What Rubin fails to appreciate is that archeology is in a state of deep controversy. Citing two opinions does not give a picture of the whole field. Here are sources that give the other side of the picture:

  1. Israel in Egypt : The Evidence for the Authenticity of the Exodus Tradition, by James K. Hoffmeier, Oxford University Press, 1999

  2. Pharaohs and Kings; A Biblical Quest, by David Rohl, Random House, 1996.

  3. Kitchen, Kenneth, "The Patriarchal Age -- Myth or History?," Biblical Archaeological Review March-April, 1996.

These sources support much of the Biblical picture for pre-Davidic history.

After claiming on page 64 of his book that the Greeks got their letter names (alpha, beta, gamma etc.) from the Jews, he writes:

"Perhaps indirectly the Philistines took them to Greece and gave the letters to them, but it ultimately comes from the Jews."

Unfortunately, the people who brought the alphabet to the Greeks were Phoenicians, not Philistines. Renowned traders and merchants, they spread over the whole Mediterranean area, including Greece, and they had an alphabet which could have been borrowed -- one quite similar to ancient Hebrew, but still distinct from it (both developed out of the North Semitic alphabet). The Philistines, after they first met the Jews (Israelites, actually) during their invasion from the Aegean islands on the eastern and south-eastern Mediterranean coast in the 13th-12th centuries BCE, had virtually no contact with the Greeks -- so they definitely could not pass anything from the Jews to the Greeks. Moreover, we have no clue what the Philistine language was like and whether it had an alphabet at all.21 And of course, the Greek alphabet has 25 letters, some of them vowels, while the Hebrew has 22 letters, all consonants. Vowel letters are an exclusively Greek innovation, and were it not for the Greeks, literacy would be much less widespread in our world.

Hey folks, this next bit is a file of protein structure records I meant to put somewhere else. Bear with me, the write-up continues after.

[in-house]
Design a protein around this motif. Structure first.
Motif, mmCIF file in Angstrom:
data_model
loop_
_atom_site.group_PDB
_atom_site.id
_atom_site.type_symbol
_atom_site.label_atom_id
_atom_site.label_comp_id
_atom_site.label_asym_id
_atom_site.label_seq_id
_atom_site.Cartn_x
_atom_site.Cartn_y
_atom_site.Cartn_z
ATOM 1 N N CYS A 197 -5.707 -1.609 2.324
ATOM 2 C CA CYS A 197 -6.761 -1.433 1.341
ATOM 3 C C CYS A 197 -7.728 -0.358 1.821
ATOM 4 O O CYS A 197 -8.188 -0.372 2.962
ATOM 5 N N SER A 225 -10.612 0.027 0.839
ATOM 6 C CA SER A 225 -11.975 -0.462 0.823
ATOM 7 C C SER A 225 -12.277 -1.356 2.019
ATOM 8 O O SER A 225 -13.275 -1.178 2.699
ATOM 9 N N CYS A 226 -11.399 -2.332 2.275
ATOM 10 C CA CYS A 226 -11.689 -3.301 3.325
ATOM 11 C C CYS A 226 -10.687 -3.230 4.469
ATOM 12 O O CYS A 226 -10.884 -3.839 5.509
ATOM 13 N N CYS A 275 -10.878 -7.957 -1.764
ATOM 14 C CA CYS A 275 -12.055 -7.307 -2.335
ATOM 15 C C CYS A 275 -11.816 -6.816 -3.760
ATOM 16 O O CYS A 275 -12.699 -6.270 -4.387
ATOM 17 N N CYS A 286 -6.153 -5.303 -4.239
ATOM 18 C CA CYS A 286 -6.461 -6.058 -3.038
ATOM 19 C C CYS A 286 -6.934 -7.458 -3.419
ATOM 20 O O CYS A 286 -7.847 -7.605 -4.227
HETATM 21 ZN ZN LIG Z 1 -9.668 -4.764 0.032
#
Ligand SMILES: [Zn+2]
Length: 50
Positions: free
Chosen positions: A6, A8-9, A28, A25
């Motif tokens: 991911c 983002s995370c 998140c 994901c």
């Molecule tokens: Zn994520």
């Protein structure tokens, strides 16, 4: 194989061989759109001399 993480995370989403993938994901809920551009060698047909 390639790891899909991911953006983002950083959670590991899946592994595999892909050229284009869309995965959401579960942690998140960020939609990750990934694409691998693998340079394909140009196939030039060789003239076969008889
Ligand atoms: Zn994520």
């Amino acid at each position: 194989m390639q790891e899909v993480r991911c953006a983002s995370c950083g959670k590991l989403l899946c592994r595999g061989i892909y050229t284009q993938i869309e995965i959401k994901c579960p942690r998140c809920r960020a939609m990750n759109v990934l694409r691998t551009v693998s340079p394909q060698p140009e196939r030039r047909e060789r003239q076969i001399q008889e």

This information can be easily found in any textbook on the history of the alphabet, and anyway, the Phoenicians and the Philistines were completely different nations, of different origin, culture, and history. Mixing them up reveals quite well the degree of Rabbi Gottlieb's competence in ancient history.

    Rubin is entirely correct -- I mistakenly substituted "Philistines" for "Phoenicians."

One more argument by R' Gottlieb in favor of the divinity of Judaism is what he calls "true predictions." For reasons unknown, of all the vast amount of predictions in the Bible, he chooses the verses of Deuteronomy 28:30: